Walking through the snow to the nearby park and thinking back of some pictures I recently found, an old, almost forgotten sensation started defrosting my soul. Since the first snow this winter, something has been nagging me; and when I found those photos and started going down on memory lane with my childhood friend, I couldn’t deny what used to be… Just as I once used to run in the rain, I also used to like the snow.
We had real winters, cold and white, in the little corner of the world where I grew up. There was always snow in December and we often got the first flakes in November. As the winter progressed, we got sick and tired of the frozen intruder, but for a while, it was the centre of our childish existence. What sort of mysterious energy did we possess, what kind of superpower drove us? We spent all our spare time building snowmen and snow forts, and plotting snow fights. Even as teenagers, we weren’t above snow fights; and much as we pouted and complained about wet clothes, messed up hair and smeared mascara, we secretly loved them. Unless, of course, the person(s) you really, really liked didn’t throw one single snow ball at you, that’s when the drama began…
Something miraculous happened. I stopped feeling angry about all the difficulties snow drags along. I stopped thinking about stuck cars, blizzards, bad traffic, icy roads and a myriad of other depressing things. They’d be there tomorrow as well… and there was nothing I could do about all that, except give myself worry lines. If I could detach myself from all that noise in my head and just enjoy something as simple and natural as a snowy day in the park, why shouldn’t I?
You know you’re getting older – no, let’s call it “more mature”, it sounds better – when you realize you’re feeling like a child. You recognize that sensation, you can associate it with specific moments, and you welcome it, because in some cases it can be such a joy to relive a version of it. The wind had calmed down a bit and the snowy park was beautiful. Narrow paths had been carved across the thick layer of snow. As soon as I strayed from them in order to take some pictures, I was really glad I had decided to wear my over-the-knee boots.
A few steps sideways and I could get the perfect photo of a tree bending to the ground under the heavy burden of snow… or I could have got it, had my behind not hit the snow at that very moment. Half a second later, I was back on my feet as though nothing happened – after all, I know how to fall. I immediately got rid of all the snow I had picked up during my unexpected incursion while worriedly looking around for members of younger generations. I was ready to smile at my own lack of grace, hoping they wouldn’t make too much fun of the thirty something woman with the crazy hat. But there was nobody around… my fall had slipped unnoticed.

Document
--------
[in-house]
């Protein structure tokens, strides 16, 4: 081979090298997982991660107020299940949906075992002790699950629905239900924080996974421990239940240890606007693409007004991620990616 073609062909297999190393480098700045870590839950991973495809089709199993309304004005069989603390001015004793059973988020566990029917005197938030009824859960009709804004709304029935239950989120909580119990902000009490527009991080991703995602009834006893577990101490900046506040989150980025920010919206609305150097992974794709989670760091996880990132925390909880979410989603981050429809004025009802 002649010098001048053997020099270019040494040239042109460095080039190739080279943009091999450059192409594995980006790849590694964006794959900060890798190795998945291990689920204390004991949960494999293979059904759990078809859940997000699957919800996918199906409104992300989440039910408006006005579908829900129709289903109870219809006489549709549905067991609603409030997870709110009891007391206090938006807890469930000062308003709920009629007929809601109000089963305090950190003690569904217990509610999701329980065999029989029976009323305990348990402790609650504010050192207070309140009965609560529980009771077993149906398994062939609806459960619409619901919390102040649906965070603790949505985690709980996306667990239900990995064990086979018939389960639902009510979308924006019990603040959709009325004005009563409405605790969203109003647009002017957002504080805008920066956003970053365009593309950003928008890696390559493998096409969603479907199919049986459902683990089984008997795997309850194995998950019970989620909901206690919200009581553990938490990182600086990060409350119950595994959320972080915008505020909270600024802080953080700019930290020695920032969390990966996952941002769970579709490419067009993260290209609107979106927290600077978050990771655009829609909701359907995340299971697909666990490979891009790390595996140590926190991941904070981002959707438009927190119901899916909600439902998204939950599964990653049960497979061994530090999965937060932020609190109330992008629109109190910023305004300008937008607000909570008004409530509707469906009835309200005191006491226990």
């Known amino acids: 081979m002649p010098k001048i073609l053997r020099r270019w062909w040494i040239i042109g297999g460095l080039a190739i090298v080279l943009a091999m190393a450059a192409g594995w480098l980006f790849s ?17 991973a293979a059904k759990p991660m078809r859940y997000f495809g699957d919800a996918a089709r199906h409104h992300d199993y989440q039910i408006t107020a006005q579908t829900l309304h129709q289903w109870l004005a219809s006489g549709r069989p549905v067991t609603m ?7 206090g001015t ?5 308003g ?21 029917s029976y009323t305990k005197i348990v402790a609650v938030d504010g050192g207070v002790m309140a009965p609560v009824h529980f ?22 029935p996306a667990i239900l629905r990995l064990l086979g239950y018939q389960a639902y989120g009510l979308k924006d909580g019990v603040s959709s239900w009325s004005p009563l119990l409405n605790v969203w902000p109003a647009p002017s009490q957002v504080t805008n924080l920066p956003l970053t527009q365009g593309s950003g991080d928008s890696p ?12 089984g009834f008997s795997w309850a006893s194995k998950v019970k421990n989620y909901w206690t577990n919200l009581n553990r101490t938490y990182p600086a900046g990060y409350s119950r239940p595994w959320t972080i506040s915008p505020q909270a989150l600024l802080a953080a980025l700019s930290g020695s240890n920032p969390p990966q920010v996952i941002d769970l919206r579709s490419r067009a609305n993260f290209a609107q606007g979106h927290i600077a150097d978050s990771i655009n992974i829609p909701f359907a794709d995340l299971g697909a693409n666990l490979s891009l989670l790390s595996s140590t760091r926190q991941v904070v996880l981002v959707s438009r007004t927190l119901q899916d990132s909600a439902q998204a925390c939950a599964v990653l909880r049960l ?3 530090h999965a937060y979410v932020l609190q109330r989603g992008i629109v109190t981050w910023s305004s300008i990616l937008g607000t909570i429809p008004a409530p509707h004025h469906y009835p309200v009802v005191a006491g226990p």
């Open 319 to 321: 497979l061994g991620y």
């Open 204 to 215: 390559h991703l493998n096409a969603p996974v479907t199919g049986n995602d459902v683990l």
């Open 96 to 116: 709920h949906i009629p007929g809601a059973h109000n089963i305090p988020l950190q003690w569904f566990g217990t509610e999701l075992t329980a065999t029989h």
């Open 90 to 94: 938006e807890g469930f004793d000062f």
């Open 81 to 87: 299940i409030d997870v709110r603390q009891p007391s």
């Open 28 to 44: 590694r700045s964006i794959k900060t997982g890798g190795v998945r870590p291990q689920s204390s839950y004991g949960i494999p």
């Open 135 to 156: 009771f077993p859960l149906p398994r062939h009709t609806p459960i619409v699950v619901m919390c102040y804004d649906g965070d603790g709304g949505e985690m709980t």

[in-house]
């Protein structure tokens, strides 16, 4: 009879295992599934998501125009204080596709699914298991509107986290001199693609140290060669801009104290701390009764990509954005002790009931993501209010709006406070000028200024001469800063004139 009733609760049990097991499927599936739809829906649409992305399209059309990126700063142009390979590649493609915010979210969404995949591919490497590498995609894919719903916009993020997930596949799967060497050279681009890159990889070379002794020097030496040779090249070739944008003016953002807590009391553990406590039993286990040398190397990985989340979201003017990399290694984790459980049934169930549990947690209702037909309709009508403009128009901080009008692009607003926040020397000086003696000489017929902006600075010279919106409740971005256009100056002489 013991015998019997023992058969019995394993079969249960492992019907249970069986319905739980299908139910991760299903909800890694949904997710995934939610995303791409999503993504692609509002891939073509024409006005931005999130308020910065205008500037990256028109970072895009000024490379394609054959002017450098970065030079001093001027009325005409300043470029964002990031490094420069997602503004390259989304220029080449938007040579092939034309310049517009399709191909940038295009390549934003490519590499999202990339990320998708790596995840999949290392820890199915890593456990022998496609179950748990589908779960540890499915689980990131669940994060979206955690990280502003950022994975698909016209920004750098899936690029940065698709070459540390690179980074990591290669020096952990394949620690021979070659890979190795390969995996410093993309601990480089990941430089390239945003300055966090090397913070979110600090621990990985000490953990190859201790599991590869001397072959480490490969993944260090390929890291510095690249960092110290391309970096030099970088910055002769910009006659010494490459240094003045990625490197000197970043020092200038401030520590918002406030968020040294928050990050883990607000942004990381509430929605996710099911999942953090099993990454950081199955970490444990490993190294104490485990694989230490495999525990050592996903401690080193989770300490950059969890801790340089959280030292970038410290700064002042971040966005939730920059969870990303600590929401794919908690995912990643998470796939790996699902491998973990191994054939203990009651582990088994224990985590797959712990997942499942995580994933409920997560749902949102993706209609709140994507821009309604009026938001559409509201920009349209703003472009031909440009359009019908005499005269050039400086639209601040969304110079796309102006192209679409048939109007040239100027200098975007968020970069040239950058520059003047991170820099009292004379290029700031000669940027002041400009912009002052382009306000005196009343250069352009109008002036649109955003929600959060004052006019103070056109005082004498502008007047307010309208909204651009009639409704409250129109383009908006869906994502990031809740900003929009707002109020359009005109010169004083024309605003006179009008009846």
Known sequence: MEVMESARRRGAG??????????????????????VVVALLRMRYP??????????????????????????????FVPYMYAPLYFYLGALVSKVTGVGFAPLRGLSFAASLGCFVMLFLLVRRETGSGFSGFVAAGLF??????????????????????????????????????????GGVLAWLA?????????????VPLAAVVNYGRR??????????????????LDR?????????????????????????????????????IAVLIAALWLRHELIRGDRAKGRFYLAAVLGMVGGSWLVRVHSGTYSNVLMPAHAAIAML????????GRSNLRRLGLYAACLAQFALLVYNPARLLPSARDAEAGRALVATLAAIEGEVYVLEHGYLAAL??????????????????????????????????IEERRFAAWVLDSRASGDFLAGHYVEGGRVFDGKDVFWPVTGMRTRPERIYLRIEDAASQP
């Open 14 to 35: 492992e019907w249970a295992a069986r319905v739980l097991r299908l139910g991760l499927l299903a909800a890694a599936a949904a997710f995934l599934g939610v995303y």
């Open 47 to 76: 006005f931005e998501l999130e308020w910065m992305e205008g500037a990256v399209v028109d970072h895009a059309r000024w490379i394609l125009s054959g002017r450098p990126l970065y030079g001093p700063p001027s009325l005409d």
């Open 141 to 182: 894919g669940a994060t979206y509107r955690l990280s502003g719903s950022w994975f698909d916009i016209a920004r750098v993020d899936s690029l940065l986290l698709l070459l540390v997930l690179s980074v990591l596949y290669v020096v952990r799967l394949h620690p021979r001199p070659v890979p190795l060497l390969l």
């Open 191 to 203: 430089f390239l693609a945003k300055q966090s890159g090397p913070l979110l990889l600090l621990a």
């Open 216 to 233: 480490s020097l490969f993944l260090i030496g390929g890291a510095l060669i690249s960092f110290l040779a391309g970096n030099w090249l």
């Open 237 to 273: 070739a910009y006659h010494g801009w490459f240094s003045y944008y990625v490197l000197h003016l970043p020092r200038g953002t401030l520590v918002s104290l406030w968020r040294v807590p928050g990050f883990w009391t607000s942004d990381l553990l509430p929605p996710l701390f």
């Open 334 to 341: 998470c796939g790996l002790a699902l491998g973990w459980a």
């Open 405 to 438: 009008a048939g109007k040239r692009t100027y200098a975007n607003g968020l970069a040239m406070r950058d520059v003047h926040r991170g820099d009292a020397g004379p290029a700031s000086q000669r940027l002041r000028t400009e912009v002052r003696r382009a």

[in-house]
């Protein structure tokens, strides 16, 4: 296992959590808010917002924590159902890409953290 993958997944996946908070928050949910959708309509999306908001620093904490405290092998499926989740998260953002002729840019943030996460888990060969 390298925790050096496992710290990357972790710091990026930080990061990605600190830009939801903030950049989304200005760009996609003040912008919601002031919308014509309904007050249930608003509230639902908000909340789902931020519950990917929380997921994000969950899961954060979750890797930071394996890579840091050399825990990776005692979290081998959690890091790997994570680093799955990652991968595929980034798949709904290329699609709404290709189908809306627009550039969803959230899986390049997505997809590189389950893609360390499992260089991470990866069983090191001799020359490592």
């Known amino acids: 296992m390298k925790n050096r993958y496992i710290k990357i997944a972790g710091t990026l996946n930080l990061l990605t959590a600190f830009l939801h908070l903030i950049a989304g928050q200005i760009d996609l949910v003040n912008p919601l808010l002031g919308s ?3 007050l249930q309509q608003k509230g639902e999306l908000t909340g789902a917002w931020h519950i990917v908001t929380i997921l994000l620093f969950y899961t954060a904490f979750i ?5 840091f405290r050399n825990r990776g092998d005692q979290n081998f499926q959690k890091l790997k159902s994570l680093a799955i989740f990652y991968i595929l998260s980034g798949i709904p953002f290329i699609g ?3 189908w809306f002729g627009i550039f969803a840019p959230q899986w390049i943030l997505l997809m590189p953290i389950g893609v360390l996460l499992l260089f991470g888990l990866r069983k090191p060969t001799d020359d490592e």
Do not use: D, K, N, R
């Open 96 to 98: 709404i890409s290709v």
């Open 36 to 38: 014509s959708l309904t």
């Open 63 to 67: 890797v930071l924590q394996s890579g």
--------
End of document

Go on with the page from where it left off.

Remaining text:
Then it sunk in. There wasn’t anybody around… In fact, there weren’t too many people in the park, even though as far as snowy weekend afternoons go, this one was a lovely one… and most of them were adults. You know you’re getting older growing more mature when you feel like starting a thought with “when I was a kid…” I’ll take my chances. When I was a kid, we spent hours and hours outside, in the snow, in the cold, playing, sledding, having fun; we had to be dragged back home. Then, when we got a bit older, we did our best to spend as little time at home as possible; even being outside, at disturbingly low temperatures, was preferable. The parks were always full of children and teenagers. Now, almost everybody was over 50.
It was something along these lines that my friend and I were remembering, looking at old pictures of us in a snowy park, from our high school days… And we could not figure out how we managed to do that, spend all that time in dreadful cold, and not mind it. We didn’t just grow older and jaded, we also became overly sensitive – and it’s not only an age related matter, it’s a state of mind. That strength, that resilience, that mystical superpower, I think we drew it from being able to enjoy every little thing, regardless of all discomfort and inconvenience that also came with it. Was it madness? Was it recklessness? Perhaps it was – up to some point – but it was also a type of simple, instinctive wisdom, which we outgrew.
At least I can remember it, therefore I know that as a human being, I am able to feel it – and if I focus and dig deep enough in my soul, I can even overcome my jaded, cynical self. My toes were starting to freeze in my boots, but I could stand it, it was a good feeling, just like so many years ago.
I could hear laughter in the distance and I could see somebody making a snow angel. Then I walked closer. He helped her up, laughing as well. They were having a snow fight and they were still laughing, yelling loving threats to one another. As I was walking towards the park exit, I met them again. She was throwing one last snowball at him, while he was picking up her designer bag. He came close to her and brushed some snow off her elegant coat. She broke free and they started laughing and running through the snow again. They were feeling like children too, even if they seemed to be in their forties. They had their own memories, their own impulse to feel like children. Too many don’t create such simple memories that might rescue them later, not anymore…
I was frozen, tired and exhilarated when I got home. So I can still occasionally enjoy snow, even if I still hate winter cold. Who knows, maybe I can still run in the rain as well.
In response to WordPress Daily Post One Word Prompt – Infinite.